Since we’ve moved to Tennessee and restructured the way we do life, I will be honest and tell you that it’s been a challenge for our marriage. It’s brought a lot of new issues to the surface and we’ve had many long, hard talks (and yes, some out-and-out arguments) as a result.
As we’ve struggled through together, our marriage has grown and it’s been good. Not easy, mind you, but good. And I know our marriage is going to come out stronger as a result.
Working through these things and not giving up until we find resolution and oneness has made me appreciate our marriage even more. Some days, we might be at odds and frustrated with each other, but because we are both committed to our marriage “till death do us part”, these storms are making us stronger instead of ripping us apart.
If you’re going through a tough time in your lives right now, I wanted to share five keys that have helped us to have a strong marriage — even during the recent storms of life:
1. Stop Coasting
A good marriage doesn’t just happen; it requires a LOT of work and time and effort. Just like you couldn’t expect to build a muscular body without putting in a lot of time weight-lifting, so you can’t expect to have a strong marriage if you’re not constantly building it up.
Make time for your spouse. Go throughout your day looking for ways to build up your spouse, encourage your spouse, and love your spouse. If you’re too busy to invest in your marriage, you’re just plain too busy.
2. Don’t Keep It G-Rated
Seriously, people. You are supposed to be lovers, not roommates. Act like it. 🙂
Look for ways to keep the spark alive. Flirt with your spouse. Whisper sweet-nothings. Think about what you used to do when you were dating, engaged, and newlyweds and bring some of that romance back into your marriage.
Truly, what happens in the bedroom will affect just about every other area of your life. In most cases, if you make romance a priority, it will clear up a host of other problems and issues.
3. Find the Good and Praise It
There are always a host of things we can point out, pick at, nag, and criticize. If we spend all our time focused on that, we’ll be frustrated with how far short our spouse is falling from where we want them to be.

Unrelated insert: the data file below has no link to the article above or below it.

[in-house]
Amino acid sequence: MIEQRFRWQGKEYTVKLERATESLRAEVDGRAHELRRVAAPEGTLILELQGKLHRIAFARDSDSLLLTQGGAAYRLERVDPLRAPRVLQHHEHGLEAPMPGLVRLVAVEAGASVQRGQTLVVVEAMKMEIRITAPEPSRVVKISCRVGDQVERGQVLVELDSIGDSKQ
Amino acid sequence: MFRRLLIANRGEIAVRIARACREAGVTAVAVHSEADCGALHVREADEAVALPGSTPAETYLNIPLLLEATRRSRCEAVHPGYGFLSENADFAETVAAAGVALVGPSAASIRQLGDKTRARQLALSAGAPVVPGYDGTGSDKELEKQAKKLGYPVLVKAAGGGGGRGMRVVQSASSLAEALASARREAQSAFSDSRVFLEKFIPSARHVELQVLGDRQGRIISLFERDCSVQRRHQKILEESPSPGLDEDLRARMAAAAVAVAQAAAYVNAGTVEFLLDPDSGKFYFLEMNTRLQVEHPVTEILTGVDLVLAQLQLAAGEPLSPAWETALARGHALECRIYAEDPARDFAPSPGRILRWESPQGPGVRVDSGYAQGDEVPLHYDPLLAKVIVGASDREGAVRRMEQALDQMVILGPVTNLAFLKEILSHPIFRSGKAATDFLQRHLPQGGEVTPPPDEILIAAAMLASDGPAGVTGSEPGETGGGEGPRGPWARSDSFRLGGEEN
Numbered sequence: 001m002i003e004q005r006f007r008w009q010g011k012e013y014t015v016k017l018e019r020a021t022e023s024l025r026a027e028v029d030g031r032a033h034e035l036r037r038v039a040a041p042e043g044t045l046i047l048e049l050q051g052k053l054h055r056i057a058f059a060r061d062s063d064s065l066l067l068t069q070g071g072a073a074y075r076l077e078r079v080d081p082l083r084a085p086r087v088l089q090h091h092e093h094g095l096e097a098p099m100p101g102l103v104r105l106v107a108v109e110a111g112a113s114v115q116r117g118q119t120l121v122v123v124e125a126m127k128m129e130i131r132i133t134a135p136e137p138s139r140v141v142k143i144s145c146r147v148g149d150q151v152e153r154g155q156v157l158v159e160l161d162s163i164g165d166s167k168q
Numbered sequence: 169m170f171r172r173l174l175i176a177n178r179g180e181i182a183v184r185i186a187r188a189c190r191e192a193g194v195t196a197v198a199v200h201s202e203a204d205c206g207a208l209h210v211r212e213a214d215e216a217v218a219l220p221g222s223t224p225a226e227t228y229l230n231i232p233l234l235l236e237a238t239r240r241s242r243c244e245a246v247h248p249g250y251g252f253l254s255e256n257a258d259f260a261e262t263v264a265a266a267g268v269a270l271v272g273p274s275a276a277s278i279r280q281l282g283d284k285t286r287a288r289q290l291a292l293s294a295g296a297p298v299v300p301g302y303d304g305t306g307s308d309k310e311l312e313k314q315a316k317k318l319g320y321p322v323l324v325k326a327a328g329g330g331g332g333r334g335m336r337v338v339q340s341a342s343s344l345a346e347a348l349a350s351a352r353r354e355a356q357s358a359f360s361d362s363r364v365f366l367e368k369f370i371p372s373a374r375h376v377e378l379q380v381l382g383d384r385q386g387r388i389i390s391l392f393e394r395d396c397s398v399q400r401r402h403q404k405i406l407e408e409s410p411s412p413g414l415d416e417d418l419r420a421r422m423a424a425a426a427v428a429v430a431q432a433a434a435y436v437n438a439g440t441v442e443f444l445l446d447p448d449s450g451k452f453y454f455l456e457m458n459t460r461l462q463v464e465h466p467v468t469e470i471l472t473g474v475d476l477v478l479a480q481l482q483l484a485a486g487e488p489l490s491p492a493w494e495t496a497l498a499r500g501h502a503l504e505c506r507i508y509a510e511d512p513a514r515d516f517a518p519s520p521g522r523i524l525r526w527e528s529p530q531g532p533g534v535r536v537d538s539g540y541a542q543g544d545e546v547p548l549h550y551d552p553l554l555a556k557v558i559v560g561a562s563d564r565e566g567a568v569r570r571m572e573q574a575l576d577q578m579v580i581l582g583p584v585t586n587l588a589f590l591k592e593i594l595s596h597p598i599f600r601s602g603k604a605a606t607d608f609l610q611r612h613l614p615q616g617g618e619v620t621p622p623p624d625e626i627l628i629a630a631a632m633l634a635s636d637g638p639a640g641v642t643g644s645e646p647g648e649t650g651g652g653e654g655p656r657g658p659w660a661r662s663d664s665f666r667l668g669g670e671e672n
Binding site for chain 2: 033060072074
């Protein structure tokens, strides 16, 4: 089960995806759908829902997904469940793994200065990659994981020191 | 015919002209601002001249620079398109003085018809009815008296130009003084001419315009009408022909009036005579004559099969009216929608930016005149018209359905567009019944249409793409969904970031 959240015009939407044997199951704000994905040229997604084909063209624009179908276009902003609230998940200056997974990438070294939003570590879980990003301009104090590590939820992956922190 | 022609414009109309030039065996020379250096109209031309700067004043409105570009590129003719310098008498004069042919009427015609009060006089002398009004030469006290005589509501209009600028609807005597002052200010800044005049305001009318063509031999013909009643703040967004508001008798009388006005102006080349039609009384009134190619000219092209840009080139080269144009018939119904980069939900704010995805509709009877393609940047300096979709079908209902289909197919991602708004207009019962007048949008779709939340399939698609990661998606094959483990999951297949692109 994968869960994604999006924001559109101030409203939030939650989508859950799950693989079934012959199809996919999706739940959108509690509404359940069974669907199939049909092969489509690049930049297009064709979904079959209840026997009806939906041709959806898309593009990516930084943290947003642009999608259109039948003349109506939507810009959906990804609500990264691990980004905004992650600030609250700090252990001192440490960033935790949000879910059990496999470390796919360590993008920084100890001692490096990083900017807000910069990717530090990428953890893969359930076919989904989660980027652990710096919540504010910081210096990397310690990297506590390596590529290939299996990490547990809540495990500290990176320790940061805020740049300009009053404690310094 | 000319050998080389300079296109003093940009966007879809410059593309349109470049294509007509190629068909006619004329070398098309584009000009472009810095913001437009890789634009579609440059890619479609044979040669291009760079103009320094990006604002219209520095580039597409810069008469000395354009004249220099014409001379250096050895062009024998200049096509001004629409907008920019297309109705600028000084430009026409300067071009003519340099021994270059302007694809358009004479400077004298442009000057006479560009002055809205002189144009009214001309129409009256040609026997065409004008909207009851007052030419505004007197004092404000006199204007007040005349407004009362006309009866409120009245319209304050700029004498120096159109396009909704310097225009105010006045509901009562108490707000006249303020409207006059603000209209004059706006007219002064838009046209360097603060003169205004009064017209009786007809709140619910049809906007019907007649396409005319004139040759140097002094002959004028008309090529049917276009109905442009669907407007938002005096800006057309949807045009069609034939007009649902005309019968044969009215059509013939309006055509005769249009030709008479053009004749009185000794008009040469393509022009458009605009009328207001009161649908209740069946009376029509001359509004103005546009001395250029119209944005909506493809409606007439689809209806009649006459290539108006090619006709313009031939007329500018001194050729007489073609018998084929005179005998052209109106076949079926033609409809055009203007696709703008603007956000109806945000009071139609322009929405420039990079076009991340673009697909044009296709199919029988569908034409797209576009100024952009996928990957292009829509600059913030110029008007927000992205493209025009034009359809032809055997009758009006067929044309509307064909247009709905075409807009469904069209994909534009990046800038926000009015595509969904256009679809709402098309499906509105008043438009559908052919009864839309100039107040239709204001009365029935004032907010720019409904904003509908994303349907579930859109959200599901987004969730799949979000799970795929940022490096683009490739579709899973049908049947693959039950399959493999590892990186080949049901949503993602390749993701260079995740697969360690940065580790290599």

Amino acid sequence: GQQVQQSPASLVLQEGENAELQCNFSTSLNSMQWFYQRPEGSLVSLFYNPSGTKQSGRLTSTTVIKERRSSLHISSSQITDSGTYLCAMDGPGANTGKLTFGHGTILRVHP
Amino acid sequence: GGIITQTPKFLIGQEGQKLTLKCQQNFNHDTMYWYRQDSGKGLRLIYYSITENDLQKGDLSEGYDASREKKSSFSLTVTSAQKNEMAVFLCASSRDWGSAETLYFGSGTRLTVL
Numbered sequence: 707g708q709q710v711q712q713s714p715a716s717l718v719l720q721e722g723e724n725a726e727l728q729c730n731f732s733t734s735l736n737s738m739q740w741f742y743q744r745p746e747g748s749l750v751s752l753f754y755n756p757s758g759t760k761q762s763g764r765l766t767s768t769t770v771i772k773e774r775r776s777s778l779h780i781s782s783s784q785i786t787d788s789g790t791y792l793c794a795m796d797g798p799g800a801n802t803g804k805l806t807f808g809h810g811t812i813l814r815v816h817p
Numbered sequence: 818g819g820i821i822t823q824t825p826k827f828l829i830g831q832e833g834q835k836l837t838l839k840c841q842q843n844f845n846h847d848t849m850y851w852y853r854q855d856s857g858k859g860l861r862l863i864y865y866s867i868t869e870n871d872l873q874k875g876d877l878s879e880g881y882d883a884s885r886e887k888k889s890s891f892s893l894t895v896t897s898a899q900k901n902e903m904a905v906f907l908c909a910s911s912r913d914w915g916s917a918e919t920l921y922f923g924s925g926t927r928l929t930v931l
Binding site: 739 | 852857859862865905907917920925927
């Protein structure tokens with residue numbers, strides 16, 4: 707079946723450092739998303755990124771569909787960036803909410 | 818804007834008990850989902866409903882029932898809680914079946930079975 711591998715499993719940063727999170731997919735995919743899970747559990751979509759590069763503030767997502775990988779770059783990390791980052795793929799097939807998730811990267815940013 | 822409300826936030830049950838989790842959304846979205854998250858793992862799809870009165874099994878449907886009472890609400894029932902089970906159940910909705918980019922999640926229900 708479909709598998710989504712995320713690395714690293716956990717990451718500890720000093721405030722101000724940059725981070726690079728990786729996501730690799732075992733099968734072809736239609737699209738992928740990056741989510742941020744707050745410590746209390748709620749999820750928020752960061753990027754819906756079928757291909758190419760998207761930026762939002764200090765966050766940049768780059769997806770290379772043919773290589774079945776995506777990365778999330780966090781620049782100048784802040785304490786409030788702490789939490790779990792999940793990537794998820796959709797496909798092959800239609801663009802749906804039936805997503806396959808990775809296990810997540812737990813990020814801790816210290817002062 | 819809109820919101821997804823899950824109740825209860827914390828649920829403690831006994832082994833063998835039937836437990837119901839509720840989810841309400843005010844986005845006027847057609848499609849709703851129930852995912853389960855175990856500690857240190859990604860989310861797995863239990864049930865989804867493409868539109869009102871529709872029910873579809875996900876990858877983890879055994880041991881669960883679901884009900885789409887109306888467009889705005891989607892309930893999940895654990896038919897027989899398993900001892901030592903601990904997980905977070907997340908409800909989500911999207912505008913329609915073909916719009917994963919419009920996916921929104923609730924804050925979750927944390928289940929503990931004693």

On the flip side, there are always, always, always good things to praise. Become a noticer of the good.
Go throughout your day looking for things to be thankful for about your spouse. These could be little, everyday things or big, major things. The more you focus on the good, the more good you’ll probably see.
4. Ask Forgiveness Often
A good marriage is built around a lot of humility and the ability to say, “I was wrong, will you forgive me?” Those are hard words to say, but they are necessary.
We all make mistakes. We all say words we shouldn’t say. We all respond in anger at times. When that happens, be willing to admit you are wrong.
Don’t stuff things and just try to be extra nice to make up for your short-comings. In addition, don’t blame your spouse. Owning our own mistakes and apologizing for them is the first step in restoration.
5. Learn Their Love Language
While I don’t like to box people into specific categories, every person has a unique love language — the way they feel most loved.
If you’re unfamiliar with the five love languages, they are: Words of Affirmation, Acts of Service, Receiving Gifts, Quality Time, and Physical Touch. In many cases, you’ll be a mix of a few of these, but you’ll almost always have one that is dominant. If you’re not sure what you love language is, you can take this quiz here (and be sure to have your spouse take it, too!)
Once you know what someone else’s love language is, it really helps you to be able to demonstrate love in a manner that means the most to them. For instance, my dominant love language is Words of Affirmation. It means the world to me when Jesse tells me how much he appreciates me and how proud he is of me. This speaks love to me much more than buying something for me does.
Jesse’s love language is quality time. It’s very important to him that we spend time together and just be together — without me acting rushed or like I’m busy. As a Type A person who does not have the love language of quality time, it’s been a learning experience for me to figure out that just being with him is extremely meaningful to him.
It’s taken us years to figure these things out about each other, but as we’ve put forth effort to learn each other’s love language and to be intentional about expressing it, our marriage has grown much stronger. And it’s been every bit worth the effort!
What are some ways that you have found help keep your marriage strong?
Note: This post was written for couples who are in healthy relationships where both parties love each other and want to work on issues together and personally. If your spouse is abusive, please, please, please don’t hide the abuse out of fear or let your spouse convince you it’s your fault. Get help immediately.
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